The other day I received a text message from a friend of mine, who happens to have Cystic Fibrosis herself. This friend was there for Megan and I when Megan was going through her 6 month decline, and I can’t describe enough how she (and her husband) went above and beyond for us.
They would visit at the drop of a hat, when I just needed an hour away from the ICU, and Megan needed an hour away from my ugly mug. They would bring clandestine snacks for Megan when she had cravings, as she almost never had an appetite, but when she did, she needed broccoli and cheese soup (I can no longer stand the smell) or M&Ms RIGHT NOW.
I spoke with her every day during Megan’s hospitalization, giving her status updates, vital statistics, and news. She would get all the gory details, and, if I happened to be running late with the call, I would get a text not long after, asking how Megan was doing. She really did care whole-heartedly.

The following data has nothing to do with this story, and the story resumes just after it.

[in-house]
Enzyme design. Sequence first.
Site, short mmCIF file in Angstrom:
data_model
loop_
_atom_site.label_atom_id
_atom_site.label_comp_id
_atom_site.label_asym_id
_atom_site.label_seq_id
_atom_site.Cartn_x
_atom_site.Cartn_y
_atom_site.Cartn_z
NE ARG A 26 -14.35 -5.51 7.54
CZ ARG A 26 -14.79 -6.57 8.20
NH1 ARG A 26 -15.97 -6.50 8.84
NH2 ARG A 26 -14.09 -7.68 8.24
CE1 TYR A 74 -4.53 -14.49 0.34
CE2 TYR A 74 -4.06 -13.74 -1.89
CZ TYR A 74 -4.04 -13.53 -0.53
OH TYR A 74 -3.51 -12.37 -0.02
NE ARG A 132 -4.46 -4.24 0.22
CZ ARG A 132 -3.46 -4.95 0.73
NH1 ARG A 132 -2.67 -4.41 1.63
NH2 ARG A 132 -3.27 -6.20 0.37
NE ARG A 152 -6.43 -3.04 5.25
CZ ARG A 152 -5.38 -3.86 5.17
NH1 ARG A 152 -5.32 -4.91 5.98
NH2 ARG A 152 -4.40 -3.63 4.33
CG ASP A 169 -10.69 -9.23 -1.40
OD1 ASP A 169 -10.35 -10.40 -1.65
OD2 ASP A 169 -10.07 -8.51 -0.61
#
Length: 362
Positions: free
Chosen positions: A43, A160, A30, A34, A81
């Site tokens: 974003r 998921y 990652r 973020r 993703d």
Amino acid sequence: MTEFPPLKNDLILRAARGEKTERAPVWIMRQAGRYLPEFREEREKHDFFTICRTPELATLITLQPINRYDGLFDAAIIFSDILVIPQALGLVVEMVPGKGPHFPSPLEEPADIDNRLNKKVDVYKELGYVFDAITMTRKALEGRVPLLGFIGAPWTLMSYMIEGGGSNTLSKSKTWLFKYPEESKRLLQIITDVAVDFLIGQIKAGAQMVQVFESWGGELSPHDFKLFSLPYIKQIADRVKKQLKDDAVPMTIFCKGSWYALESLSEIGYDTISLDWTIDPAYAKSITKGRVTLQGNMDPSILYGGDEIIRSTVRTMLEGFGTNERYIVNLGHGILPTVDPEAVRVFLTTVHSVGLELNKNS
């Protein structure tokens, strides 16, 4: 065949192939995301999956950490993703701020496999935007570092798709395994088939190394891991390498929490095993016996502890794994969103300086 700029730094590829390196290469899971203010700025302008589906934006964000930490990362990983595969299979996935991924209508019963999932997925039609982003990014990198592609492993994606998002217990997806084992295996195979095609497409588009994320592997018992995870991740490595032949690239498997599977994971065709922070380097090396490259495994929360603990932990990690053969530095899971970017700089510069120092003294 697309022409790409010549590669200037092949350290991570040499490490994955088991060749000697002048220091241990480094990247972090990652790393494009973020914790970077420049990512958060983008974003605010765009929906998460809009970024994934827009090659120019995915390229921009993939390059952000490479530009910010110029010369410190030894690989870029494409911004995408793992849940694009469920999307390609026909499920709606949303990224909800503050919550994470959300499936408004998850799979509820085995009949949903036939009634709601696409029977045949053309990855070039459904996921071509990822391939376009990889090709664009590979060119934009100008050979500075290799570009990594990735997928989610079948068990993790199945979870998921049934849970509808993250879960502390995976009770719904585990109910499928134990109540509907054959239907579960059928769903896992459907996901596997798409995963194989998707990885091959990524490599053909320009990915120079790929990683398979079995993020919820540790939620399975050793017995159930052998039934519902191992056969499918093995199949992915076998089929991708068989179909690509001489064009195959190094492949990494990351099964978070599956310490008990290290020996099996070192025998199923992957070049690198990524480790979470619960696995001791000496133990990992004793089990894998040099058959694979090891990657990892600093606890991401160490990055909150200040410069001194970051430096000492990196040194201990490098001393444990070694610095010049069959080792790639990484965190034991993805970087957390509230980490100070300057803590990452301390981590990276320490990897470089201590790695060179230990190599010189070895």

Did I mention that her husband ALSO has Cystic Fibrosis, and received a double-lung and liver transplant about 10 years ago? He watched Megan’s organ transplant reject, and I can only imagine the anxiety and fear it brought he and her, to wonder if and when it could happen to him. HIS brother died from Cystic Fibrosis not long before his transplant. Oh, and of course, Megan’s brother died in 2005 from it, waiting for a transplant...I watched him take his last breath in the ICU. Megan died after her transplant rejected, while waiting for another. A mutual friend of all of ours died when her transplant rejected, and I don’t know how many more in this circle have died from Cystic Fibrosis, either waiting for a transplant, during transplant, after their transplant rejected, or, to put it bluntly, because they simply had no hope of transplant and just died.